For many pop stars, RedFestDXB is all about fresh starts.
Last year, Kesha used the Dubai Media City Amphitheatre stage to re-emerge after a bitter legal battle with her former producer while RnB crooner Craig David was also there to cement his comeback with a killer vocal and DJ mash-up set.
That rejuvenating vibe is partly down to the festival being set in February, a time where a lot of artists return to active duty after Christmas and the New Year’s holidays. RedfestDXB offers a great opportunity to limber up for the busy touring year ahead.
Another reason is, undoubtedly, the audience itself. With 10,000 in attendance on each night of the two-day festival, they are young (mostly teenagers) and enthusiastic to attend the only UAE music event solely dedicated to radio-friendly music – it is organised by the Dubai based Virgin Radio after all.
Sometimes, such a warm welcome can result in artists taking it too easy; prime examples being Rita Ora’s shambolic performance in the inaugural 2014 festival — which she made up for in style when returning two years later — and last year’s poor showing by Kesha. But for the most part, artist step it up for the receptive crowd and walk away pumped up for a big year ahead.
Cabello brought the voice and charm
It was a similar case on February 15, the last night of the festival, which saw headlining sets by singer Camila Cabello and rapper Macklemore, two relatively new solo artists with a lot to prove to both fans and the industry.
Cabello’s pleasing set blew away any lingering memories of that relatively quiet Fifth Harmony member performing at the festival in 2016.
The 21-year-old wants us to forget that gig too, perhaps, after declaring her solo Dubai appearance as “my first time being here.”
A lot can happen in the pop world over the space of three years. It was a time which saw Cabello leave the group in a semi-acrimonious fashion, go to the studio and release a sultry solo pop album — not to mention, it saw the remaining members of Fifth Harmony grounding to a halt a few days after their Abu Dhabi performance in 2018.
To blame Cabello for the girl-group's demise would be unfair. A cursory listen to last year's debut album, Camilla, indicates she wanted to work with a wider pallet than the streamlined RnB of Fifth Harmony. The solo release boasted various styles ranging from Latin pop, ballads and intimate acoustic numbers to showcase her dynamic voice.
Despite warning the crowd that she was recovering from a cold, there was nothing wrong with her vocals in Dubai. Cabello, dressed in a slick black outfit with embroidered jacket and matching gloves, was in fine form and her summery songs delivered some much needed warmth in what was an increasingly chilly night.
What immediately stood out about her one-hour set was that she loves to sing. An obvious observation perhaps, but with pop-stars nowadays preferring to dance more in their shows, a fully sung track is a rare experience
Cabello took it even further by opening her set with Never Be the Same. The 80s inspired power ballad is not an easy number with its shifts from falsetto to full throttle soaring vocals in the chorus, but she does it effortlessly.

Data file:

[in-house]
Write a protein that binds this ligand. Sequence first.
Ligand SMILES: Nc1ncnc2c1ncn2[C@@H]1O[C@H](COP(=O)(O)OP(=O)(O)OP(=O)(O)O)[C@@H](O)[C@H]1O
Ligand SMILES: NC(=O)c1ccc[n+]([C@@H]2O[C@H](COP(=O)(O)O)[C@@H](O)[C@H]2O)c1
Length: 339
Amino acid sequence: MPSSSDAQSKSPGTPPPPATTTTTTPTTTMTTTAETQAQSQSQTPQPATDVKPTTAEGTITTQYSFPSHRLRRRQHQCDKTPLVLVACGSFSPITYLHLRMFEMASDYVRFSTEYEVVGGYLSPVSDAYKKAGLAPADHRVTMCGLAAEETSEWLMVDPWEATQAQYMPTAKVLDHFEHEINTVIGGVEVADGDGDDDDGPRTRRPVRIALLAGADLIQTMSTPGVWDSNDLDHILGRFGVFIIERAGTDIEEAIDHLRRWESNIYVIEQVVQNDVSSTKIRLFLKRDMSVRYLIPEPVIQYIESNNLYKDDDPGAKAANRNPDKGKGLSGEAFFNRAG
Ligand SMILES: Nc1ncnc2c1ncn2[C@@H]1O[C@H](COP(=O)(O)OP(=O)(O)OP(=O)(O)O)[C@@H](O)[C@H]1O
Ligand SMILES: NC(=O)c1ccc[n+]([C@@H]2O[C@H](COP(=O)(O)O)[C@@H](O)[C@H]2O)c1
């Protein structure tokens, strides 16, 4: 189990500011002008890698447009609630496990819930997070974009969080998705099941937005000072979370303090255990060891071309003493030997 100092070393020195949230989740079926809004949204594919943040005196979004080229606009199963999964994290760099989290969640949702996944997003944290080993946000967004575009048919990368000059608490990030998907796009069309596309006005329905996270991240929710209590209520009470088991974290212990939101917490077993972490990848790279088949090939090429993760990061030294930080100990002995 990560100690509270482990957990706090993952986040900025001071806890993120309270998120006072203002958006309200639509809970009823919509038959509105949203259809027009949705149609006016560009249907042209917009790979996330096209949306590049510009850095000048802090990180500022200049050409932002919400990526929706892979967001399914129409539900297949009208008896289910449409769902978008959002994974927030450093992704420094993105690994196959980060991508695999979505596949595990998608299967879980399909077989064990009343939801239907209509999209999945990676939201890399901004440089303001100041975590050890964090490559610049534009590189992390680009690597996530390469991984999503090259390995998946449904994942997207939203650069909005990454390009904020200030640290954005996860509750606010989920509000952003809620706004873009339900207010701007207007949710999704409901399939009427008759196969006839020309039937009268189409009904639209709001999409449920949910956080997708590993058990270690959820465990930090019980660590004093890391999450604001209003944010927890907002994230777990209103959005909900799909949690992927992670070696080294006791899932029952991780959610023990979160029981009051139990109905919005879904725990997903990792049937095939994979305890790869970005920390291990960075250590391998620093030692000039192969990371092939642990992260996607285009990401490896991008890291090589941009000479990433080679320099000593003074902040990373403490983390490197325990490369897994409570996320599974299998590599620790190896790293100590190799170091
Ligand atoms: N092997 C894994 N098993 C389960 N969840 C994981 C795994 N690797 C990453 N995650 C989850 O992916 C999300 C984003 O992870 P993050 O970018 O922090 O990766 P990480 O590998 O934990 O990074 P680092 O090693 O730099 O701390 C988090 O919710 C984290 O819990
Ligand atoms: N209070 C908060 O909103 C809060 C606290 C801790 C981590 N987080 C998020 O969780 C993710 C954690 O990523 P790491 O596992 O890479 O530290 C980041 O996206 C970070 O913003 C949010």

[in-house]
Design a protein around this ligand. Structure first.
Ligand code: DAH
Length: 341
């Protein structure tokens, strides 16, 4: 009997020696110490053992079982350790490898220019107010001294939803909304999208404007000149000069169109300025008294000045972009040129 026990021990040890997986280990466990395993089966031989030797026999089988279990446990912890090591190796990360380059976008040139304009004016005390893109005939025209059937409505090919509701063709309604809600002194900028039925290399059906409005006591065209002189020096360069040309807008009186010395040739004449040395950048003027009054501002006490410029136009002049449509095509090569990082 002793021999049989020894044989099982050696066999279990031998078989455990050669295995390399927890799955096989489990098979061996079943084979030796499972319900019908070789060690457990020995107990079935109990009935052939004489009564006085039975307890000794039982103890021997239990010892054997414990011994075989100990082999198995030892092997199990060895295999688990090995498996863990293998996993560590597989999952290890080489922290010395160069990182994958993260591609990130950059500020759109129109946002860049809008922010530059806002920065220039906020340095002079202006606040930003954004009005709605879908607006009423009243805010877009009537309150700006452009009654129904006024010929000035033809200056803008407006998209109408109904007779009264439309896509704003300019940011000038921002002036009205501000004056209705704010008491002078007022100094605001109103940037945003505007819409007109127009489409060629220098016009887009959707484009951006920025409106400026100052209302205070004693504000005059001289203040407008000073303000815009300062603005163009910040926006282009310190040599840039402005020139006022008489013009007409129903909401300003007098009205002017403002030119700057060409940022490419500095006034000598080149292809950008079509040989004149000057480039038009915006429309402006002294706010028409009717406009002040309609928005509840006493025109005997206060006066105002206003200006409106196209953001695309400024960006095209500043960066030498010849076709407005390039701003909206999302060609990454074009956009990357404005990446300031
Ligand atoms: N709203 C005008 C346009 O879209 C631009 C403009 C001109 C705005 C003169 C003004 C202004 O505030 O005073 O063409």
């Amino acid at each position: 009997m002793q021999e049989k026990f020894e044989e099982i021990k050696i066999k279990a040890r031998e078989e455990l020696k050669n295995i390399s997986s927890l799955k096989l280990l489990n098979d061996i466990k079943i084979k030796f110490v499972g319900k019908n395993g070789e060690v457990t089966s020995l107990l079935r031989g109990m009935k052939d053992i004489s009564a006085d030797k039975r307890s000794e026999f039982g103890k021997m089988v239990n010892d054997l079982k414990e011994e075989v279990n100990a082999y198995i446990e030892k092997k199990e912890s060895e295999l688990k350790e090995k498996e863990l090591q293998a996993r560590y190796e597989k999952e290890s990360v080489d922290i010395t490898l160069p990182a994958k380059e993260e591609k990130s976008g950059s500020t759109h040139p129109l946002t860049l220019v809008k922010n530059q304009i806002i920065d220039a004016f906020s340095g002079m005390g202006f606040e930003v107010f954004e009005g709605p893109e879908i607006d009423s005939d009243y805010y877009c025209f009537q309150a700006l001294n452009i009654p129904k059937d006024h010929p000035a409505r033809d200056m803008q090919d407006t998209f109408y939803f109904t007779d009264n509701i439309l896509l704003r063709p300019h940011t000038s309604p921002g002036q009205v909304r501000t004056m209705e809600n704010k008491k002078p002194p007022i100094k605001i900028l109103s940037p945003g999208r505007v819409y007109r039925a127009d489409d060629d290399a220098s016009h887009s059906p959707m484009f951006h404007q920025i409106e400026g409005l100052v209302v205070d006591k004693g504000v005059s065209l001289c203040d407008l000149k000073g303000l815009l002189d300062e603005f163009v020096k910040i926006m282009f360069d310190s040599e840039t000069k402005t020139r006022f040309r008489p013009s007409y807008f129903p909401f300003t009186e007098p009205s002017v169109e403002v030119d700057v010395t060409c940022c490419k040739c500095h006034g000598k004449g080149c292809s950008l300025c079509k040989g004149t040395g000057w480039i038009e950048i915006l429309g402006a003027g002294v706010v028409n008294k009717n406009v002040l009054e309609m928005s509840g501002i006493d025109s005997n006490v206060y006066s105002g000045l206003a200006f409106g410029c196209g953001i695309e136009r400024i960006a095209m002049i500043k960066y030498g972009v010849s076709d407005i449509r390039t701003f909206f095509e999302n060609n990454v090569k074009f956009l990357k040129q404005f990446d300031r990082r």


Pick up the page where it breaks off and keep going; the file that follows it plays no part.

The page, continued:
Next up was a double dose of Caribbean pop with the buoyant Lost Control and the infectious Inside Out — the latter neatly seguing into a breakdown which showcased Cabello's adept moves alongside her six-strong dance crew.
Another interesting aspect of Cabello’s live performance is on how approachable she is. There was none of that cool detachedness of an Ariana Grande performance or the nauseating demagoguery that has Demi Lovato calling her fans “Lovatics” or Katy Perry addressing her brood as “my Katy Cats.”
Cabello's ego is in check as she rightly assumes the RedfestDXB audience was not full of diehard supporters. She reached out to the non-converted with plenty of personal anecdotes on friendship and vulnerability, which struck a chord. She cannily used that intimacy to usher in the folky singalong Real Friends, which had her invite members of the audience to perform with her on stage.
With the exception of an ill-advised drab cover of Elvis Presley's Can't Help Falling in Love, Cabelllo kept he show moving at all times. Unsurprisingly, she closed the set with her global hit Havana which elicited the biggest singalong of the night. Her performance was definitely a case of saving the best for last.
Macklemore is his own man
But that doesn’t mean Macklemore wasn’t up to scratch. He also came to Dubai to challenge some assumptions. This was his first UAE performance as a solo act, having come to Abu Dhabi in 2014 as part of the (now on hiatus) duo Macklemore and Ryan Lewis.
On the music front, Macklemore’s solo tracks are not far removed from the funk and pop stylings of the Grammy Award winning group, but it was on the performance side where Macklemore impressed.
Without Ryan Lewis behind on the DJ decks to provide another visual point for fans, Macklemore went all out on the on-screen visuals which included his music videos and animation. On the stage, he was backed by an energetic 8-piece band, including a two-piece horn section, that did more than just play.
In a nod to Bruno Mars's brilliant backing group The Hooligans, Macklemore's crew sang, danced and indulged in the odd bout scissor kicks. The bustling one-hour set featured festival ready anthems Ain't Going to Die Tonight, Can't Hold Us and Dance Off. The latter had Macklemore invite two students on stage to showcase their moves before indulging himself in a mini-crowd surf.
In what his first show of the year, Macklemore’s RedfestDXB display was crowd pleasing in the best sense, and ultimately proves that as a performer, he is his own man.